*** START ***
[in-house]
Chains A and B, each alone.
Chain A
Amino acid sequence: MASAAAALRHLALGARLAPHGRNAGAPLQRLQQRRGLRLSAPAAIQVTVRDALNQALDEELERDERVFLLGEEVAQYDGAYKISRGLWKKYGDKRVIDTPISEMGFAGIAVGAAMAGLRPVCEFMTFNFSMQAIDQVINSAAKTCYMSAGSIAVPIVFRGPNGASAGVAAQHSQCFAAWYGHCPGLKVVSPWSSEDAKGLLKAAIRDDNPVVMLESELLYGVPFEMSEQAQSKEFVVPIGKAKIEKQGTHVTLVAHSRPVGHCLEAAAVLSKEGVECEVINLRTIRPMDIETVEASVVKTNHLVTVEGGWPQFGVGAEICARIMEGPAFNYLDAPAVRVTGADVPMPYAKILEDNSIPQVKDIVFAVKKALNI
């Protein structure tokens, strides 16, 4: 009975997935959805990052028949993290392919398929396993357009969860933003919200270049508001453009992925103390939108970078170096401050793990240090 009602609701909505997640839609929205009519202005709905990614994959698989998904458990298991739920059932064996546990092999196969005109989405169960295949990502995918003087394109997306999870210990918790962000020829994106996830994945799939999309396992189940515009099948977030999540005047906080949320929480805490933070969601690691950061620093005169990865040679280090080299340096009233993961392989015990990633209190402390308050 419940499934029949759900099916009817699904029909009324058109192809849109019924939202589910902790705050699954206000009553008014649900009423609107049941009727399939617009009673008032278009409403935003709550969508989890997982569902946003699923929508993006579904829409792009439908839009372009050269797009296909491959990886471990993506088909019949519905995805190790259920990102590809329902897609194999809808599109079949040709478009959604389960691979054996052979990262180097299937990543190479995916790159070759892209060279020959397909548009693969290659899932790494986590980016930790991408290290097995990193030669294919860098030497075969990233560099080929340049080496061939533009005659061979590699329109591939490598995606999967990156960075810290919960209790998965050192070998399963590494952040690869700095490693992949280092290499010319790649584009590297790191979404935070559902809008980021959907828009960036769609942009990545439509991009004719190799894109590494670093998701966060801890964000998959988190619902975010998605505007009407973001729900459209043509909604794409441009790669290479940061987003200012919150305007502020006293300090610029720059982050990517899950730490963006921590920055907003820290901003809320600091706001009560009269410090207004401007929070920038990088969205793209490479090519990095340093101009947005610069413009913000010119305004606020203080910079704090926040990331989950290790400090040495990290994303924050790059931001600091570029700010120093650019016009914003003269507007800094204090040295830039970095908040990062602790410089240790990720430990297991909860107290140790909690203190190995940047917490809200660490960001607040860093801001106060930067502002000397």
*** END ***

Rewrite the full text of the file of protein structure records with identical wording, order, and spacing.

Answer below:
[in-house]
Chains A and B, each alone.
Chain A
Amino acid sequence: MASAAAALRHLALGARLAPHGRNAGAPLQRLQQRRGLRLSAPAAIQVTVRDALNQALDEELERDERVFLLGEEVAQYDGAYKISRGLWKKYGDKRVIDTPISEMGFAGIAVGAAMAGLRPVCEFMTFNFSMQAIDQVINSAAKTCYMSAGSIAVPIVFRGPNGASAGVAAQHSQCFAAWYGHCPGLKVVSPWSSEDAKGLLKAAIRDDNPVVMLESELLYGVPFEMSEQAQSKEFVVPIGKAKIEKQGTHVTLVAHSRPVGHCLEAAAVLSKEGVECEVINLRTIRPMDIETVEASVVKTNHLVTVEGGWPQFGVGAEICARIMEGPAFNYLDAPAVRVTGADVPMPYAKILEDNSIPQVKDIVFAVKKALNI
């Protein structure tokens, strides 16, 4: 009975997935959805990052028949993290392919398929396993357009969860933003919200270049508001453009992925103390939108970078170096401050793990240090 009602609701909505997640839609929205009519202005709905990614994959698989998904458990298991739920059932064996546990092999196969005109989405169960295949990502995918003087394109997306999870210990918790962000020829994106996830994945799939999309396992189940515009099948977030999540005047906080949320929480805490933070969601690691950061620093005169990865040679280090080299340096009233993961392989015990990633209190402390308050 419940499934029949759900099916009817699904029909009324058109192809849109019924939202589910902790705050699954206000009553008014649900009423609107049941009727399939617009009673008032278009409403935003709550969508989890997982569902946003699923929508993006579904829409792009439908839009372009050269797009296909491959990886471990993506088909019949519905995805190790259920990102590809329902897609194999809808599109079949040709478009959604389960691979054996052979990262180097299937990543190479995916790159070759892209060279020959397909548009693969290659899932790494986590980016930790991408290290097995990193030669294919860098030497075969990233560099080929340049080496061939533009005659061979590699329109591939490598995606999967990156960075810290919960209790998965050192070998399963590494952040690869700095490693992949280092290499010319790649584009590297790191979404935070559902809008980021959907828009960036769609942009990545439509991009004719190799894109590494670093998701966060801890964000998959988190619902975010998605505007009407973001729900459209043509909604794409441009790669290479940061987003200012919150305007502020006293300090610029720059982050990517899950730490963006921590920055907003820290901003809320600091706001009560009269410090207004401007929070920038990088969205793209490479090519990095340093101009947005610069413009913000010119305004606020203080910079704090926040990331989950290790400090040495990290994303924050790059931001600091570029700010120093650019016009914003003269507007800094204090040295830039970095908040990062602790410089240790990720430990297991909860107290140790909690203190190995940047917490809200660490960001607040860093801001106060930067502002000397």